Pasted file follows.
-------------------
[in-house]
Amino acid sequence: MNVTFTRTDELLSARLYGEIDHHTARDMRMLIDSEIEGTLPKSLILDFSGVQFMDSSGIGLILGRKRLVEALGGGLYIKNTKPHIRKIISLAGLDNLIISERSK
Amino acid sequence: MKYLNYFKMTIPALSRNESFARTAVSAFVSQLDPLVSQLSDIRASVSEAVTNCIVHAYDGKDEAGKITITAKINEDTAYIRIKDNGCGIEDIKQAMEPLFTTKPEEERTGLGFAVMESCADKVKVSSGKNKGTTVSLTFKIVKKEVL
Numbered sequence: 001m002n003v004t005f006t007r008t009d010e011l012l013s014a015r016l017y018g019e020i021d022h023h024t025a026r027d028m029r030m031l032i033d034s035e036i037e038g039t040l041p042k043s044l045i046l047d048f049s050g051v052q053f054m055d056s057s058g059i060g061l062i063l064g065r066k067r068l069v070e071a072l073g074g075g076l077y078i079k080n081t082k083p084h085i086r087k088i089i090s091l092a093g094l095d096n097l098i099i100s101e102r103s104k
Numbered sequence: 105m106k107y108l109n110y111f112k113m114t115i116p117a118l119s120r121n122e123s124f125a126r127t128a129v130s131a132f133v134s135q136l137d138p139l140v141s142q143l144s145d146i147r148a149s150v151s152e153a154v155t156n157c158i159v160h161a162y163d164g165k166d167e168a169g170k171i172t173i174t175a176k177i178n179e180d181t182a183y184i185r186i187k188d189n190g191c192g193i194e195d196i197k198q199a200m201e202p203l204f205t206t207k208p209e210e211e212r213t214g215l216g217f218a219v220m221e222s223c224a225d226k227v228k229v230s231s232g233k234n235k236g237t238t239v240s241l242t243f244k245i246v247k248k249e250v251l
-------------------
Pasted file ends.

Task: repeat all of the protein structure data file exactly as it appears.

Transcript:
[in-house]
Amino acid sequence: MNVTFTRTDELLSARLYGEIDHHTARDMRMLIDSEIEGTLPKSLILDFSGVQFMDSSGIGLILGRKRLVEALGGGLYIKNTKPHIRKIISLAGLDNLIISERSK
Amino acid sequence: MKYLNYFKMTIPALSRNESFARTAVSAFVSQLDPLVSQLSDIRASVSEAVTNCIVHAYDGKDEAGKITITAKINEDTAYIRIKDNGCGIEDIKQAMEPLFTTKPEEERTGLGFAVMESCADKVKVSSGKNKGTTVSLTFKIVKKEVL
Numbered sequence: 001m002n003v004t005f006t007r008t009d010e011l012l013s014a015r016l017y018g019e020i021d022h023h024t025a026r027d028m029r030m031l032i033d034s035e036i037e038g039t040l041p042k043s044l045i046l047d048f049s050g051v052q053f054m055d056s057s058g059i060g061l062i063l064g065r066k067r068l069v070e071a072l073g074g075g076l077y078i079k080n081t082k083p084h085i086r087k088i089i090s091l092a093g094l095d096n097l098i099i100s101e102r103s104k
Numbered sequence: 105m106k107y108l109n110y111f112k113m114t115i116p117a118l119s120r121n122e123s124f125a126r127t128a129v130s131a132f133v134s135q136l137d138p139l140v141s142q143l144s145d146i147r148a149s150v151s152e153a154v155t156n157c158i159v160h161a162y163d164g165k166d167e168a169g170k171i172t173i174t175a176k177i178n179e180d181t182a183y184i185r186i187k188d189n190g191c192g193i194e195d196i197k198q199a200m201e202p203l204f205t206t207k208p209e210e211e212r213t214g215l216g217f218a219v220m221e222s223c224a225d226k227v228k229v230s231s232g233k234n235k236g237t238t239v240s241l242t243f244k245i246v247k248k249e250v251l